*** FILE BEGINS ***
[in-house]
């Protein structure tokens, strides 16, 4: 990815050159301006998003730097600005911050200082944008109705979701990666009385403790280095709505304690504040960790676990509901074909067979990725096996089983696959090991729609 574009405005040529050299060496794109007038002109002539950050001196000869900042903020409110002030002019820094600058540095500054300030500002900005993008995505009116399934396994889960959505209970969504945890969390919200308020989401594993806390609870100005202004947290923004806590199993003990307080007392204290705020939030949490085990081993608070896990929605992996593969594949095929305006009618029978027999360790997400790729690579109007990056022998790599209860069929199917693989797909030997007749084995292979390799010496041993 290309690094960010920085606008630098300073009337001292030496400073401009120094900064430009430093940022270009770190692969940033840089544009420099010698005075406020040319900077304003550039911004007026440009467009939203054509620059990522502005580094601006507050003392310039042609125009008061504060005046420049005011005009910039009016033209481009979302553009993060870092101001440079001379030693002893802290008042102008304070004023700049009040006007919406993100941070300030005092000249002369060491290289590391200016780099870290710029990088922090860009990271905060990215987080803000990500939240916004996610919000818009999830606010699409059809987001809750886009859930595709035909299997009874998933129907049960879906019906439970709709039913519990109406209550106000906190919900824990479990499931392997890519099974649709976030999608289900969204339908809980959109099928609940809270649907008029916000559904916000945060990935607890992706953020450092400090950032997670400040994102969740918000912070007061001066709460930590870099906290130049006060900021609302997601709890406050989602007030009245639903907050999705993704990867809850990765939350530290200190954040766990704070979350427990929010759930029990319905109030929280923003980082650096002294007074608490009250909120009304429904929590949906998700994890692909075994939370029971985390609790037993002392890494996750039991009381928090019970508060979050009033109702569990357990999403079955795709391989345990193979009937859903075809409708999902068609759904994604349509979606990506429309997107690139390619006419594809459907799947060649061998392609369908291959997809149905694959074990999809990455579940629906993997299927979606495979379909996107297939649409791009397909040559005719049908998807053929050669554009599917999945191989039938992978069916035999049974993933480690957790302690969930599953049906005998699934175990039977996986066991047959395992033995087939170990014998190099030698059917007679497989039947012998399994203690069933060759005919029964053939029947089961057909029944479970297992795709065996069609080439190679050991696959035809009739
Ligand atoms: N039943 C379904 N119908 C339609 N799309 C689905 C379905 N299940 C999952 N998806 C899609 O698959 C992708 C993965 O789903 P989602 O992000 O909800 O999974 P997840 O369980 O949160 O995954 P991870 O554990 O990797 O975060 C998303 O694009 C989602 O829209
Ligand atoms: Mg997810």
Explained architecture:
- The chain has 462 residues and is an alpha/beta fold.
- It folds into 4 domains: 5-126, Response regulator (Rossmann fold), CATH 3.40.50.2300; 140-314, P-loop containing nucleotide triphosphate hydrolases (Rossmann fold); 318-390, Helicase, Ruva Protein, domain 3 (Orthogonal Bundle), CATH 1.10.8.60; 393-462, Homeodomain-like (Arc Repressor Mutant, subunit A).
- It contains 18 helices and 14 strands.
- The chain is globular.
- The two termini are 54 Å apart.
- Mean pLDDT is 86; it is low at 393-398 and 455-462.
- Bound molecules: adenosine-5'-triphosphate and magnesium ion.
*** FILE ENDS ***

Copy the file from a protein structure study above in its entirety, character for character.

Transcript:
[in-house]
């Protein structure tokens, strides 16, 4: 990815050159301006998003730097600005911050200082944008109705979701990666009385403790280095709505304690504040960790676990509901074909067979990725096996089983696959090991729609 574009405005040529050299060496794109007038002109002539950050001196000869900042903020409110002030002019820094600058540095500054300030500002900005993008995505009116399934396994889960959505209970969504945890969390919200308020989401594993806390609870100005202004947290923004806590199993003990307080007392204290705020939030949490085990081993608070896990929605992996593969594949095929305006009618029978027999360790997400790729690579109007990056022998790599209860069929199917693989797909030997007749084995292979390799010496041993 290309690094960010920085606008630098300073009337001292030496400073401009120094900064430009430093940022270009770190692969940033840089544009420099010698005075406020040319900077304003550039911004007026440009467009939203054509620059990522502005580094601006507050003392310039042609125009008061504060005046420049005011005009910039009016033209481009979302553009993060870092101001440079001379030693002893802290008042102008304070004023700049009040006007919406993100941070300030005092000249002369060491290289590391200016780099870290710029990088922090860009990271905060990215987080803000990500939240916004996610919000818009999830606010699409059809987001809750886009859930595709035909299997009874998933129907049960879906019906439970709709039913519990109406209550106000906190919900824990479990499931392997890519099974649709976030999608289900969204339908809980959109099928609940809270649907008029916000559904916000945060990935607890992706953020450092400090950032997670400040994102969740918000912070007061001066709460930590870099906290130049006060900021609302997601709890406050989602007030009245639903907050999705993704990867809850990765939350530290200190954040766990704070979350427990929010759930029990319905109030929280923003980082650096002294007074608490009250909120009304429904929590949906998700994890692909075994939370029971985390609790037993002392890494996750039991009381928090019970508060979050009033109702569990357990999403079955795709391989345990193979009937859903075809409708999902068609759904994604349509979606990506429309997107690139390619006419594809459907799947060649061998392609369908291959997809149905694959074990999809990455579940629906993997299927979606495979379909996107297939649409791009397909040559005719049908998807053929050669554009599917999945191989039938992978069916035999049974993933480690957790302690969930599953049906005998699934175990039977996986066991047959395992033995087939170990014998190099030698059917007679497989039947012998399994203690069933060759005919029964053939029947089961057909029944479970297992795709065996069609080439190679050991696959035809009739
Ligand atoms: N039943 C379904 N119908 C339609 N799309 C689905 C379905 N299940 C999952 N998806 C899609 O698959 C992708 C993965 O789903 P989602 O992000 O909800 O999974 P997840 O369980 O949160 O995954 P991870 O554990 O990797 O975060 C998303 O694009 C989602 O829209
Ligand atoms: Mg997810």
Explained architecture:
- The chain has 462 residues and is an alpha/beta fold.
- It folds into 4 domains: 5-126, Response regulator (Rossmann fold), CATH 3.40.50.2300; 140-314, P-loop containing nucleotide triphosphate hydrolases (Rossmann fold); 318-390, Helicase, Ruva Protein, domain 3 (Orthogonal Bundle), CATH 1.10.8.60; 393-462, Homeodomain-like (Arc Repressor Mutant, subunit A).
- It contains 18 helices and 14 strands.
- The chain is globular.
- The two termini are 54 Å apart.
- Mean pLDDT is 86; it is low at 393-398 and 455-462.
- Bound molecules: adenosine-5'-triphosphate and magnesium ion.